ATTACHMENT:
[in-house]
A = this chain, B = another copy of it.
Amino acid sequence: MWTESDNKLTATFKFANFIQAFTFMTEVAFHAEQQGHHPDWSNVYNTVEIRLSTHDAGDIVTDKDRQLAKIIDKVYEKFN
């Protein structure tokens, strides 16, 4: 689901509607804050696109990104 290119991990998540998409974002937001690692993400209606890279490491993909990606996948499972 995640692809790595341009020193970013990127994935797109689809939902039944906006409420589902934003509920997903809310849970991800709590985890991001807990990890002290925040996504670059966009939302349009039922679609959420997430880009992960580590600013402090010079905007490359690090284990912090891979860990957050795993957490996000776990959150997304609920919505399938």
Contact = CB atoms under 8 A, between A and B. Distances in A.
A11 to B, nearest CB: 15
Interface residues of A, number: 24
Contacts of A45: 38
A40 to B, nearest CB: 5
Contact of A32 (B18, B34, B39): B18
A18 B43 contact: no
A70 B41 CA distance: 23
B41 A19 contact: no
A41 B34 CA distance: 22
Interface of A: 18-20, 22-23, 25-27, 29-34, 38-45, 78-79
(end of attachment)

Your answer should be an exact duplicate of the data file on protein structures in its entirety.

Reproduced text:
[in-house]
A = this chain, B = another copy of it.
Amino acid sequence: MWTESDNKLTATFKFANFIQAFTFMTEVAFHAEQQGHHPDWSNVYNTVEIRLSTHDAGDIVTDKDRQLAKIIDKVYEKFN
């Protein structure tokens, strides 16, 4: 689901509607804050696109990104 290119991990998540998409974002937001690692993400209606890279490491993909990606996948499972 995640692809790595341009020193970013990127994935797109689809939902039944906006409420589902934003509920997903809310849970991800709590985890991001807990990890002290925040996504670059966009939302349009039922679609959420997430880009992960580590600013402090010079905007490359690090284990912090891979860990957050795993957490996000776990959150997304609920919505399938």
Contact = CB atoms under 8 A, between A and B. Distances in A.
A11 to B, nearest CB: 15
Interface residues of A, number: 24
Contacts of A45: 38
A40 to B, nearest CB: 5
Contact of A32 (B18, B34, B39): B18
A18 B43 contact: no
A70 B41 CA distance: 23
B41 A19 contact: no
A41 B34 CA distance: 22
Interface of A: 18-20, 22-23, 25-27, 29-34, 38-45, 78-79